Today in Tech: Why Netflix hiked prices

July 18, 2011: 3:30 AM ET

Fortune's curated selection of the weekend's most newsworthy tech stories from all over the Web. Sign up to get the newsletter delivered to you every day.

"I'm just hoping this doesn't end like 2000 again. The desire to make a buck does help fuel innovation, but it can also wipe out people's nesteggs if they get too greedy."
-- MySpace co-founder Tom Anderson (Google+)

* Still wondering why Netflix hiked up their lowest rental plans by 60%? It's because users aren't switching over to the company's streaming service as quickly as analysts (and Netflix itself) had hoped. (That, along with the higher costs attached to the DVD business.) (USA Today)

* This year's Women's World Cup tournament set a new Twitter record -- 7,196 Tweets per second -- higher even than the news of Osama bin Laden's death last May. (TechCrunch)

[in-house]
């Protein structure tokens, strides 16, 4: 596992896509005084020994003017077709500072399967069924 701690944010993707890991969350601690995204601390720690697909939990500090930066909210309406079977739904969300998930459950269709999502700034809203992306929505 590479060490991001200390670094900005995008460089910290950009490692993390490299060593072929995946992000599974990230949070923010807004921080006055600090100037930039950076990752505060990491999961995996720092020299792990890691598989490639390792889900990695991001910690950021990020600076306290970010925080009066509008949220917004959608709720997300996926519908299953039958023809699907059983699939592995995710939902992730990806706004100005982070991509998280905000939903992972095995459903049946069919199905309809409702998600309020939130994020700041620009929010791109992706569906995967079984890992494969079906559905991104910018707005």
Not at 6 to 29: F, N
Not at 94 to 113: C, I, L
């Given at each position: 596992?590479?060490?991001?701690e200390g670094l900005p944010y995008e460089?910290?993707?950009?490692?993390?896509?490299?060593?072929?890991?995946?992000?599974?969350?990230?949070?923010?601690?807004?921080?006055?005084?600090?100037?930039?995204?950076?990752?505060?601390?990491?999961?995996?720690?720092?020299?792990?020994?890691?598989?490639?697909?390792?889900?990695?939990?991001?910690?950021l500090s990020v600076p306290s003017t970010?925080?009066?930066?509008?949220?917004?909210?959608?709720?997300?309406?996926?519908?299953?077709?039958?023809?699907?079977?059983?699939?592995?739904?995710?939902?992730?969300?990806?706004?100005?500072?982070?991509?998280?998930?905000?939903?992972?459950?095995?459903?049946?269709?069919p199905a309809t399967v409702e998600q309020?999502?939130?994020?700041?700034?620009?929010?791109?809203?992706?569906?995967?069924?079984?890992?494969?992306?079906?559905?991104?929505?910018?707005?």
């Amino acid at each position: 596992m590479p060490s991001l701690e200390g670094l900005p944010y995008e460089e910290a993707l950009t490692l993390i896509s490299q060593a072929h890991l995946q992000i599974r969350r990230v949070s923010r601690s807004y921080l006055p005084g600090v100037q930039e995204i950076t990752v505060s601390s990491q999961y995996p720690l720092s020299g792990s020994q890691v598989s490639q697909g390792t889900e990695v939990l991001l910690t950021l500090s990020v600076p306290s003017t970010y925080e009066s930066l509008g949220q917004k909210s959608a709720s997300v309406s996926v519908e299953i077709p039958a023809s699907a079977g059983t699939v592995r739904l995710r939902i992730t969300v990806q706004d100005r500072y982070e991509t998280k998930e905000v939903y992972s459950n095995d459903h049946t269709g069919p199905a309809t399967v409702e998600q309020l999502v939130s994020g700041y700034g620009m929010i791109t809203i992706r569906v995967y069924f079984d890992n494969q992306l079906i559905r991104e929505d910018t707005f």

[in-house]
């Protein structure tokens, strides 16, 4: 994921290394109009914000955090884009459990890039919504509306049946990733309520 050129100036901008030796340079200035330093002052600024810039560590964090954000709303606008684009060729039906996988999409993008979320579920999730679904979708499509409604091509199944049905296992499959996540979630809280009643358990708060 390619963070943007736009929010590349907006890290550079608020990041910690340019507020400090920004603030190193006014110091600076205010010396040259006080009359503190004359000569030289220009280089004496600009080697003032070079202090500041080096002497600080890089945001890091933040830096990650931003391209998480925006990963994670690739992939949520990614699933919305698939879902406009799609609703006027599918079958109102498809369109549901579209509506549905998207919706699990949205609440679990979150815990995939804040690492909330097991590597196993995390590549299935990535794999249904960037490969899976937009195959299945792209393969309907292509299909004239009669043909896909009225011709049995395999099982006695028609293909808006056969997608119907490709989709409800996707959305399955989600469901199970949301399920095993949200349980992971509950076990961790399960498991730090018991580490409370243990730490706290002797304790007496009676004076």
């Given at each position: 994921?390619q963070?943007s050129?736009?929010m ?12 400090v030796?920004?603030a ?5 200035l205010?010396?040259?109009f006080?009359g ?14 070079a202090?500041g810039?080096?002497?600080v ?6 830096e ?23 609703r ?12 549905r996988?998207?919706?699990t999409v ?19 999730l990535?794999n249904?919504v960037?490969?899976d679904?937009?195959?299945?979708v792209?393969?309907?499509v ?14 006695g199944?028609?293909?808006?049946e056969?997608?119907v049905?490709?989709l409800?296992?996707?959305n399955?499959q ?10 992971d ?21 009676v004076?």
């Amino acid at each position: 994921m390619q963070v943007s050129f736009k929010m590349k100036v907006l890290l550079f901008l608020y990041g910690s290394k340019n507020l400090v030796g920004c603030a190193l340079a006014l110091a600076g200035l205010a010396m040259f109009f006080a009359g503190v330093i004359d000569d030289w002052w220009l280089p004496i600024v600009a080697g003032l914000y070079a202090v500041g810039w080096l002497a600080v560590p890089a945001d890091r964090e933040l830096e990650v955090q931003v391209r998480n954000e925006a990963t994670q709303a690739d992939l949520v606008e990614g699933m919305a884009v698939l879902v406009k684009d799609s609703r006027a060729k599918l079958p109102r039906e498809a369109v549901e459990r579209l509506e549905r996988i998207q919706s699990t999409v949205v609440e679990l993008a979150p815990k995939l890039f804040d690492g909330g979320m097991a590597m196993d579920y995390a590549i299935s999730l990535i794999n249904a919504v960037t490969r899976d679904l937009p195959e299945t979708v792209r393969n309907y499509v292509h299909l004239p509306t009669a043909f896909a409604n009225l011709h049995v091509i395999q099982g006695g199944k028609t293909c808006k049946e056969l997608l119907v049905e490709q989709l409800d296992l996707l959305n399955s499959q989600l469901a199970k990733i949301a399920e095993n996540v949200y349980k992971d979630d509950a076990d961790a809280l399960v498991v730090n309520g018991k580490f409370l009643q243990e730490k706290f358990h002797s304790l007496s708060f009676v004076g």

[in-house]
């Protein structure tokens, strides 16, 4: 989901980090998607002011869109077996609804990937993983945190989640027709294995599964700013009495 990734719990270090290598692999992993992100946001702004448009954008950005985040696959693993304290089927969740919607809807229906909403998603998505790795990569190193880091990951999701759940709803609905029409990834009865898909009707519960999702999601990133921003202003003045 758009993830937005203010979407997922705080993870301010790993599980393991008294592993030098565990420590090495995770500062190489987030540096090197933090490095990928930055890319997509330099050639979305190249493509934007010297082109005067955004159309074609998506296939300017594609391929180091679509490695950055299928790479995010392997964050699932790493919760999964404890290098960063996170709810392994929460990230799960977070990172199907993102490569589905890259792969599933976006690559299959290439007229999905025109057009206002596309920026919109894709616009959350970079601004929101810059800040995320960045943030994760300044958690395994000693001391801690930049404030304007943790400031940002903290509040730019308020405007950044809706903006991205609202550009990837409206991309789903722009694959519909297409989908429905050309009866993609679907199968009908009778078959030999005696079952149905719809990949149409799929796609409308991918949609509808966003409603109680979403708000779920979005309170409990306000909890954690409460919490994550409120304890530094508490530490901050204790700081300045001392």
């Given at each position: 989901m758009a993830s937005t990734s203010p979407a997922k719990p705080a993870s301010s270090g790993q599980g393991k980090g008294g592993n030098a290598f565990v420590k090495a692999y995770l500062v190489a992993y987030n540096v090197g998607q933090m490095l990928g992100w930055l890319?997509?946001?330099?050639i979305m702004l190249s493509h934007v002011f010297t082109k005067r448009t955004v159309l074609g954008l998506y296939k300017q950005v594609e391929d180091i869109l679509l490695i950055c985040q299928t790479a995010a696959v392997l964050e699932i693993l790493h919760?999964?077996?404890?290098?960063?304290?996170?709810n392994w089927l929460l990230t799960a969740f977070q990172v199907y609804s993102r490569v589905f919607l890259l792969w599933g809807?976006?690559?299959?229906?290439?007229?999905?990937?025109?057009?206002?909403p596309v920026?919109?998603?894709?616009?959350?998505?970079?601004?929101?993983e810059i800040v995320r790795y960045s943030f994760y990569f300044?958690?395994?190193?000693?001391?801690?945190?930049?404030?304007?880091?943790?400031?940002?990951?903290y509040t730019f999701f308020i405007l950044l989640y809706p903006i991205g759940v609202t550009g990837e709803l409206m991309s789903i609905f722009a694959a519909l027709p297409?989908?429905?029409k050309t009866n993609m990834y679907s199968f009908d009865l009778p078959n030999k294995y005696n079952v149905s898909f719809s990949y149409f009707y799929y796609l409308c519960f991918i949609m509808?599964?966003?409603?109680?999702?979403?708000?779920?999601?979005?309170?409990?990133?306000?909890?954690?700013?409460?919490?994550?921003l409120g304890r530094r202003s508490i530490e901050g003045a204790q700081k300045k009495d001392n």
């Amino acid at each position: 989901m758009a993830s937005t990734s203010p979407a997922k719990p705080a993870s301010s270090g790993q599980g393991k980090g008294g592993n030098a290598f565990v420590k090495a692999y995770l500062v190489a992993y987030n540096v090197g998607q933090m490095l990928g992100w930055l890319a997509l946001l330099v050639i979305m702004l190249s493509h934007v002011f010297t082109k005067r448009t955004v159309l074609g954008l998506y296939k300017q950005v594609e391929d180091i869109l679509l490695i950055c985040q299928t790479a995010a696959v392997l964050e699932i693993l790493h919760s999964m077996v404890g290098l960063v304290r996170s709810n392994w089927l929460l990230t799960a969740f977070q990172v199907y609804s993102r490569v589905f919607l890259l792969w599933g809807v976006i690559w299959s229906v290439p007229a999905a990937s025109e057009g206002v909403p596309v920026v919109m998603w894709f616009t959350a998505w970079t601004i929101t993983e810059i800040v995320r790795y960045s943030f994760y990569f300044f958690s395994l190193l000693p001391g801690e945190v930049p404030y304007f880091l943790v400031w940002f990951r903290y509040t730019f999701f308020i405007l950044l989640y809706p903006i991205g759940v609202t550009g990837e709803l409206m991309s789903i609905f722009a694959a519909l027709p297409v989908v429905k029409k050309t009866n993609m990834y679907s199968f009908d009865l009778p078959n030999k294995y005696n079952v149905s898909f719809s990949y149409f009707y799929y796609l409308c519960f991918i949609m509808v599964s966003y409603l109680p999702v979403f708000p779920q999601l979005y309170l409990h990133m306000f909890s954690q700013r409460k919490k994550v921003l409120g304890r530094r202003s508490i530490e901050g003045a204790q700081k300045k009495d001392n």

* Facebook doesn't take kindly to Google+ ads on its social network. Web developer Michael Lee Johnson found out the hard way after putting up an ad on Facebook looking for Google+. Needless to say, Zuck's camp had it pulled. Should he have been surprised? More importantly (and somewhat tangential), would Facebook lie? (TechCrunch and Fortune)

* Quora lead designer Rebekah Cox, recently profiled by colleague Jessi Hempel, on what it's like to be a woman working in tech. (Huffington Post)

* How music streaming darling Spotify got one tech writer thinking about (and appreciating) Napster again. (Appolicious)

* Given how ubiquitous music-savvy smartphones are, it's probably not too surprising iPod sales are expected to decline 7.2% next quarter. (Fortune)

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About This Author
JP Mangalindan
JP Mangalindan
Writer, Fortune

JP Mangalindan is a San Francisco-based writer at Fortune, covering Silicon Valley. Since joining in 2010, he has written on a wide array of topics, from the turnaround of eBay to the evolution of net neutrality. A graduate of Fordham University, Mangalindan has also written for GQ, Popular Science, and Entertainment Weekly.

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